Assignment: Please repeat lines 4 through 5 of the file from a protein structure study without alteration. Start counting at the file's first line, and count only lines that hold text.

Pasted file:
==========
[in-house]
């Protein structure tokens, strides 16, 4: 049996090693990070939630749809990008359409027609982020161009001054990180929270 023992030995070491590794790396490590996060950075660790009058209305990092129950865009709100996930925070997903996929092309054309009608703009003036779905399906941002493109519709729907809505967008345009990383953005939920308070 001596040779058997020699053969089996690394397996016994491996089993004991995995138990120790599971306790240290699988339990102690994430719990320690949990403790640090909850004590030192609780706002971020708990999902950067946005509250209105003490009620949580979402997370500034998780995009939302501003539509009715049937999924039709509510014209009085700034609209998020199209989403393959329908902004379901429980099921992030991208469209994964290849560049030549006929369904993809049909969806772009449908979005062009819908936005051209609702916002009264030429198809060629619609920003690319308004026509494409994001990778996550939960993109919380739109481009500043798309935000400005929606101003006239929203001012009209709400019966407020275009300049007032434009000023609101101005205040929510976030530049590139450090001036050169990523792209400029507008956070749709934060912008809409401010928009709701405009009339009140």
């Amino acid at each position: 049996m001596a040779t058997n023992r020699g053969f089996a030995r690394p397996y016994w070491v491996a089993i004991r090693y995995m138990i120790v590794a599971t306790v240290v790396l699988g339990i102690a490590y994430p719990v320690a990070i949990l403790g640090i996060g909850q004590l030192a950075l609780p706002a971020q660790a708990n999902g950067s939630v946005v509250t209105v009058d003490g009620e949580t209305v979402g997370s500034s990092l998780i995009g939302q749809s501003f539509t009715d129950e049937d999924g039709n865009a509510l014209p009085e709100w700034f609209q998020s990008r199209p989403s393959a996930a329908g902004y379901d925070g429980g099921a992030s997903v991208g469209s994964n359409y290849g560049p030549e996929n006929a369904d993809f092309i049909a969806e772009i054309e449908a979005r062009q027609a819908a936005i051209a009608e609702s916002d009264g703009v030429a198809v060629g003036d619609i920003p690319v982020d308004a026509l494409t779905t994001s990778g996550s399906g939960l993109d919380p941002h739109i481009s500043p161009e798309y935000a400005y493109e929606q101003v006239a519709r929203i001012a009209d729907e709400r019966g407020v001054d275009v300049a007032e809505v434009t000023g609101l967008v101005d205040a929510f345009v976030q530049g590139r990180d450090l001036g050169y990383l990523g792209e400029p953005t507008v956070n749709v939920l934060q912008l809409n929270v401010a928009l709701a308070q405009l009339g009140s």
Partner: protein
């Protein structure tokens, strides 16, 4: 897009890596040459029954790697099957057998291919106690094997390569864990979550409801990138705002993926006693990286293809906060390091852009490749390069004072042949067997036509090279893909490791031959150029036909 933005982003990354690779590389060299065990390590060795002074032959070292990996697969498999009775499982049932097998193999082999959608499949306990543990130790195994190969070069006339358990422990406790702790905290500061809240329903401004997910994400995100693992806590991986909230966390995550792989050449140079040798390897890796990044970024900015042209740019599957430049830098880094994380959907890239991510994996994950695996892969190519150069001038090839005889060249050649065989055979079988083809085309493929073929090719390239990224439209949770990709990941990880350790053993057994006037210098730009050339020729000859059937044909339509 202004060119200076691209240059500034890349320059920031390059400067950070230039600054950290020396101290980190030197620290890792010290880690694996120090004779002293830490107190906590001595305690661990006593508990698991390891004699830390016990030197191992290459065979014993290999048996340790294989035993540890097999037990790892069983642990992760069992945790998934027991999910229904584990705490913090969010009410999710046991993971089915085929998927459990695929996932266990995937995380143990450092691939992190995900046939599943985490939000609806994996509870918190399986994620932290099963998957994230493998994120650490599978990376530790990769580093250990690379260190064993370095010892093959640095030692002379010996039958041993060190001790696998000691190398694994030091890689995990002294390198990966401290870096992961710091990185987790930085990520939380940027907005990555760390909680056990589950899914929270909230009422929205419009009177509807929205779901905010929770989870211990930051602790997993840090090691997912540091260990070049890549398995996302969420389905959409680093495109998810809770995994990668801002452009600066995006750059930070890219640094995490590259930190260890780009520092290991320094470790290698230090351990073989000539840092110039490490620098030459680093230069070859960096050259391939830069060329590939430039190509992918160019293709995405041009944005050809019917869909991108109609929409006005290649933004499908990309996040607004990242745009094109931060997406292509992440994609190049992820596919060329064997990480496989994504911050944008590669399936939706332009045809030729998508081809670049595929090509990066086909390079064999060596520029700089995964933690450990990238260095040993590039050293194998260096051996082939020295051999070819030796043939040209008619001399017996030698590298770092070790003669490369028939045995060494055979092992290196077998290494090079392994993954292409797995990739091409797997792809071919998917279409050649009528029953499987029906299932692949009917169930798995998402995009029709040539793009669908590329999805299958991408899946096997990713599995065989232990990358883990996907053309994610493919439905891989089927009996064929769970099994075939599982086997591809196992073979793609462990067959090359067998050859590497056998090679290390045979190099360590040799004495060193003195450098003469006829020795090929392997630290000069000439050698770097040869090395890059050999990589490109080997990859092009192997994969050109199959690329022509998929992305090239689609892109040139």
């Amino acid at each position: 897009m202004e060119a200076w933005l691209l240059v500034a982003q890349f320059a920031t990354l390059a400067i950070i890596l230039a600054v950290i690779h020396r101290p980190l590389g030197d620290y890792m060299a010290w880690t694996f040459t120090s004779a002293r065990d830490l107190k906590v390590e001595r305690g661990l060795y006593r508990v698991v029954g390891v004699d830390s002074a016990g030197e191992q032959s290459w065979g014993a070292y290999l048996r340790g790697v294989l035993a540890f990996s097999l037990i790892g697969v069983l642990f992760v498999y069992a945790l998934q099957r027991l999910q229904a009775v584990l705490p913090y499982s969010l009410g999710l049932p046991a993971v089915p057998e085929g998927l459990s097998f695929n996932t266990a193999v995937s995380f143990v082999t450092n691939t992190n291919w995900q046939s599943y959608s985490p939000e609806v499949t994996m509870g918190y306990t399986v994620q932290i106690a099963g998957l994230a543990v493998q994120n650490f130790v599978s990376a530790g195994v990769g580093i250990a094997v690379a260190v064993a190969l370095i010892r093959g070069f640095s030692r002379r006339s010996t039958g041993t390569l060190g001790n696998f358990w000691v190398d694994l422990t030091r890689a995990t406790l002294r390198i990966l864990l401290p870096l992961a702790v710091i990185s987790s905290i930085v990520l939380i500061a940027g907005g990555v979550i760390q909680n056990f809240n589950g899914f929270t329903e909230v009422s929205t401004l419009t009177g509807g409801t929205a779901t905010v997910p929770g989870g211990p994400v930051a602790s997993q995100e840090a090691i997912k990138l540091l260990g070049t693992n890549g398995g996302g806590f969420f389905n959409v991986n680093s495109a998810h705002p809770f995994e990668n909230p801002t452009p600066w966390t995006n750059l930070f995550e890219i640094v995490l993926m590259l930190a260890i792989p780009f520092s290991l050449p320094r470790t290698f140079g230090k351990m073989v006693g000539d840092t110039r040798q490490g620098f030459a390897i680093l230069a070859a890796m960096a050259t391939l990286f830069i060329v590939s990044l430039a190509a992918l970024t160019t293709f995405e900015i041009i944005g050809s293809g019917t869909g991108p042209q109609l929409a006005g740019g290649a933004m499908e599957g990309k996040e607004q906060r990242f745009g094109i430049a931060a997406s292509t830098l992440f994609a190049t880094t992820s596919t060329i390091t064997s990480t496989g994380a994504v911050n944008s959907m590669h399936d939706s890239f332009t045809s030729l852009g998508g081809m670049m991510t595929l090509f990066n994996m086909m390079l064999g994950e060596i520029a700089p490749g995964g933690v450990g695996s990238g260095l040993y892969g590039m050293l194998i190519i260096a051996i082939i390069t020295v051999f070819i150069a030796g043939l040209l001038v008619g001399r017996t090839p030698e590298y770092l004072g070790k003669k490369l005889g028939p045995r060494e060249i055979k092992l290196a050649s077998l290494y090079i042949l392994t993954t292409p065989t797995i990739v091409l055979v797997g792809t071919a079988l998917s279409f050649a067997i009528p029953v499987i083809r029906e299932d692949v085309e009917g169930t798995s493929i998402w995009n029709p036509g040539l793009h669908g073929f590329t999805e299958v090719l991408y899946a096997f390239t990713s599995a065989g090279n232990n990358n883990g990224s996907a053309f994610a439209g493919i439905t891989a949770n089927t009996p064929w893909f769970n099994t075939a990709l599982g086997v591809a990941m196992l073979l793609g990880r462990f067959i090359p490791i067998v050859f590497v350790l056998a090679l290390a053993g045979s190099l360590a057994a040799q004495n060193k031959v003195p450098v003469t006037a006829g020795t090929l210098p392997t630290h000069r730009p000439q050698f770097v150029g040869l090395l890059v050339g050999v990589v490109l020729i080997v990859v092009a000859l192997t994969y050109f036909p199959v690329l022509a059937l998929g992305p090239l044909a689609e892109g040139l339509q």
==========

Partner: protein
């Protein structure tokens, strides 16, 4: 897009890596040459029954790697099957057998291919106690094997390569864990979550409801990138705002993926006693990286293809906060390091852009490749390069004072042949067997036509090279893909490791031959150029036909 933005982003990354690779590389060299065990390590060795002074032959070292990996697969498999009775499982049932097998193999082999959608499949306990543990130790195994190969070069006339358990422990406790702790905290500061809240329903401004997910994400995100693992806590991986909230966390995550792989050449140079040798390897890796990044970024900015042209740019599957430049830098880094994380959907890239991510994996994950695996892969190519150069001038090839005889060249050649065989055979079988083809085309493929073929090719390239990224439209949770990709990941990880350790053993057994006037210098730009050339020729000859059937044909339509 202004060119200076691209240059500034890349320059920031390059400067950070230039600054950290020396101290980190030197620290890792010290880690694996120090004779002293830490107190906590001595305690661990006593508990698991390891004699830390016990030197191992290459065979014993290999048996340790294989035993540890097999037990790892069983642990992760069992945790998934027991999910229904584990705490913090969010009410999710046991993971089915085929998927459990695929996932266990995937995380143990450092691939992190995900046939599943985490939000609806994996509870918190399986994620932290099963998957994230493998994120650490599978990376530790990769580093250990690379260190064993370095010892093959640095030692002379010996039958041993060190001790696998000691190398694994030091890689995990002294390198990966401290870096992961710091990185987790930085990520939380940027907005990555760390909680056990589950899914929270909230009422929205419009009177509807929205779901905010929770989870211990930051602790997993840090090691997912540091260990070049890549398995996302969420389905959409680093495109998810809770995994990668801002452009600066995006750059930070890219640094995490590259930190260890780009520092290991320094470790290698230090351990073989000539840092110039490490620098030459680093230069070859960096050259391939830069060329590939430039190509992918160019293709995405041009944005050809019917869909991108109609929409006005290649933004499908990309996040607004990242745009094109931060997406292509992440994609190049992820596919060329064997990480496989994504911050944008590669399936939706332009045809030729998508081809670049595929090509990066086909390079064999060596520029700089995964933690450990990238260095040993590039050293194998260096051996082939020295051999070819030796043939040209008619001399017996030698590298770092070790003669490369028939045995060494055979092992290196077998290494090079392994993954292409797995990739091409797997792809071919998917279409050649009528029953499987029906299932692949009917169930798995998402995009029709040539793009669908590329999805299958991408899946096997990713599995065989232990990358883990996907053309994610493919439905891989089927009996064929769970099994075939599982086997591809196992073979793609462990067959090359067998050859590497056998090679290390045979190099360590040799004495060193003195450098003469006829020795090929392997630290000069000439050698770097040869090395890059050999990589490109080997990859092009192997994969050109199959690329022509998929992305090239689609892109040139």